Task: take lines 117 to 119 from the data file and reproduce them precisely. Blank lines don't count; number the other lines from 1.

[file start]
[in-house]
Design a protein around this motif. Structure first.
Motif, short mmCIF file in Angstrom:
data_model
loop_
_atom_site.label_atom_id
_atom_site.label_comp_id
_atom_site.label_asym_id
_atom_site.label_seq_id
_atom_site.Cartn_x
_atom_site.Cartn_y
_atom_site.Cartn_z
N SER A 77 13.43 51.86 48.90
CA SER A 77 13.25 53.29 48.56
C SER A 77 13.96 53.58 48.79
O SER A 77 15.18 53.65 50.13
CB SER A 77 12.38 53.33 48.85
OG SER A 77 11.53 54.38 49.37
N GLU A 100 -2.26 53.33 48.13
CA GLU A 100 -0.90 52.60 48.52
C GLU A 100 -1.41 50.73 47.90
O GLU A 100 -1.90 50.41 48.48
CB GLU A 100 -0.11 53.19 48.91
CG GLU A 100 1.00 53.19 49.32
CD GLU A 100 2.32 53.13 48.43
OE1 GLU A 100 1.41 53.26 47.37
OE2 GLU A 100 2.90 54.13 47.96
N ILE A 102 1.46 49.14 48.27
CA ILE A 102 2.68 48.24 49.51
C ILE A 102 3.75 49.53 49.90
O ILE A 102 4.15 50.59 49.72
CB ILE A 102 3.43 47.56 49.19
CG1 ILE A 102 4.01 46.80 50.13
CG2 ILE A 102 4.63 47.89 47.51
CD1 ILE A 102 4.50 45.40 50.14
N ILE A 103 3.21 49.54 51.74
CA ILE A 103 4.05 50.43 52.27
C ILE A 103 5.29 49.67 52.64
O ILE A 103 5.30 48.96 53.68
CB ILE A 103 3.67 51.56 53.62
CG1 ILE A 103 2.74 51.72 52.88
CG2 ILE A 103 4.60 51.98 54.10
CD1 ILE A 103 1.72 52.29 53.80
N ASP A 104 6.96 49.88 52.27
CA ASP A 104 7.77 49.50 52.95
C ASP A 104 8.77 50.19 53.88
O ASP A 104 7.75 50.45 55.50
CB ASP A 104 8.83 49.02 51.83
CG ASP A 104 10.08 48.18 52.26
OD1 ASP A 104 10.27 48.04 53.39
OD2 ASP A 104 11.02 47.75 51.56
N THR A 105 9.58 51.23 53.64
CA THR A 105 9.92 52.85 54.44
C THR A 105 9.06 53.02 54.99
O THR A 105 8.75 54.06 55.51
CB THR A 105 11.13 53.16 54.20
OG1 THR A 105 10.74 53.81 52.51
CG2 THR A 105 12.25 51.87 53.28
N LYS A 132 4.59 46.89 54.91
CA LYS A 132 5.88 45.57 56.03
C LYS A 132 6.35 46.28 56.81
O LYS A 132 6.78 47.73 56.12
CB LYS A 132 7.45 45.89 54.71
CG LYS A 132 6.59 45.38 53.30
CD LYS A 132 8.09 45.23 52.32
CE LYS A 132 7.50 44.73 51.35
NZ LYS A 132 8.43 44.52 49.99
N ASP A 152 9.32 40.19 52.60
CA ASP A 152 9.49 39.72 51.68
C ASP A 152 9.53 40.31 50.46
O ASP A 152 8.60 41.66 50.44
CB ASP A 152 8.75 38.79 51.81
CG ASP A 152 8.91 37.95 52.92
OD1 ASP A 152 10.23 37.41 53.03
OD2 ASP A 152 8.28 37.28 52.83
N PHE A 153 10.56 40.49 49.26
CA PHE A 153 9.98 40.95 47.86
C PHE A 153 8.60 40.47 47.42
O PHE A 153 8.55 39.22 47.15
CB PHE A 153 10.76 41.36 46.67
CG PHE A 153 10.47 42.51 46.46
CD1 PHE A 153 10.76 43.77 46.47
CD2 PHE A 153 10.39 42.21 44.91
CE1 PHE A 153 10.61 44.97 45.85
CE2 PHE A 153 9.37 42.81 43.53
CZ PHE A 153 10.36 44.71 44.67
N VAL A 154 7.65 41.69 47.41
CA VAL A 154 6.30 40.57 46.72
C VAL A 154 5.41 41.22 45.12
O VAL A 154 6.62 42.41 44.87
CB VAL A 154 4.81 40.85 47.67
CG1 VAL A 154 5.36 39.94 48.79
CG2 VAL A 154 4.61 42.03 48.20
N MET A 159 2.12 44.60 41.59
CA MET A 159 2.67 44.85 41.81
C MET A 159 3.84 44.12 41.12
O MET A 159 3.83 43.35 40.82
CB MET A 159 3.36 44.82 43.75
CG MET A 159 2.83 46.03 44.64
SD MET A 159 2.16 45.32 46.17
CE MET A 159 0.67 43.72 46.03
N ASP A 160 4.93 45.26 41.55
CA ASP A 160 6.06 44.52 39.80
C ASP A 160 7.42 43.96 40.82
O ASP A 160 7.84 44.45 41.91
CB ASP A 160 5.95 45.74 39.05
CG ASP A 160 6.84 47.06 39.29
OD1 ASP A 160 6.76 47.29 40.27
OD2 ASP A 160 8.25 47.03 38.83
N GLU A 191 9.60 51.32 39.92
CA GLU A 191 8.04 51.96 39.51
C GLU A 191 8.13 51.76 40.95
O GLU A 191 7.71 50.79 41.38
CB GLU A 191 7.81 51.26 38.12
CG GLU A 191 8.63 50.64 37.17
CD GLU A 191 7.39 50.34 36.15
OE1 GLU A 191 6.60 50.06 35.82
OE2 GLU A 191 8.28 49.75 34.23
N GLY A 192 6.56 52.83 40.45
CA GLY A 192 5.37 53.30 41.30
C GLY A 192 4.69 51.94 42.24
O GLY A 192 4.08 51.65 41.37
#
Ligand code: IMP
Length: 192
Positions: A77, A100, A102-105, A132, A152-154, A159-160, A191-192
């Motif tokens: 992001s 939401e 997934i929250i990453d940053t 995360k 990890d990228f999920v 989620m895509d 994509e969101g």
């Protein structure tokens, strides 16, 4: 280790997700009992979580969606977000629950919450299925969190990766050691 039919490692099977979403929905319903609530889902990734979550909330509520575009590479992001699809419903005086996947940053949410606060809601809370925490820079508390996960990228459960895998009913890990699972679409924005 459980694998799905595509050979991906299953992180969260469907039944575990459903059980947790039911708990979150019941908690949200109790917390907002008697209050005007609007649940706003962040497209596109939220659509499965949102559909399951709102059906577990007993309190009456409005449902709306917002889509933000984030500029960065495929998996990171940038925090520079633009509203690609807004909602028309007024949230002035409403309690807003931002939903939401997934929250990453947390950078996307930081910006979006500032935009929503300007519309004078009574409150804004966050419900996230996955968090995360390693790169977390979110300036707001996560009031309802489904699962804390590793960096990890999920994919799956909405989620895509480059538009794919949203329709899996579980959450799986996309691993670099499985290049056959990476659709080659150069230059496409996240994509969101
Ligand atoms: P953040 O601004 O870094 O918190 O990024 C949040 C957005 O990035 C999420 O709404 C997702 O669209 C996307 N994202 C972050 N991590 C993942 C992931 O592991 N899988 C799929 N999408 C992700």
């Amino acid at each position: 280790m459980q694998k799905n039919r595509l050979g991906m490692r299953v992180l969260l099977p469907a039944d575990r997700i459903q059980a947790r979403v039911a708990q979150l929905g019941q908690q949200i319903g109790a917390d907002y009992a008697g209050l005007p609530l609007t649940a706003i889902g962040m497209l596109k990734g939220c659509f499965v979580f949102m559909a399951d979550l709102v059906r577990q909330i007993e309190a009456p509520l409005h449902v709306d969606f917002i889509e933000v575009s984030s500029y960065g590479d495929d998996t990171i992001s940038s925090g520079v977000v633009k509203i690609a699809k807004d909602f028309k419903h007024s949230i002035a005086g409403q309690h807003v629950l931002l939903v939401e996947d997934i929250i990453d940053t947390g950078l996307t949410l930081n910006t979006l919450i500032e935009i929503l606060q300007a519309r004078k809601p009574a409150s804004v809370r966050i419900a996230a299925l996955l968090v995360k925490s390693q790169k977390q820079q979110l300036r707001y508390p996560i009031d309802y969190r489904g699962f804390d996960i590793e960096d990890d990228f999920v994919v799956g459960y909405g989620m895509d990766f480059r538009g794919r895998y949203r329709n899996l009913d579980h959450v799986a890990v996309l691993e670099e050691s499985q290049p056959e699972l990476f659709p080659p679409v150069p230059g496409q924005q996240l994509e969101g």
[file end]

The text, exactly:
OE1 GLU A 191 6.60 50.06 35.82
OE2 GLU A 191 8.28 49.75 34.23
N GLY A 192 6.56 52.83 40.45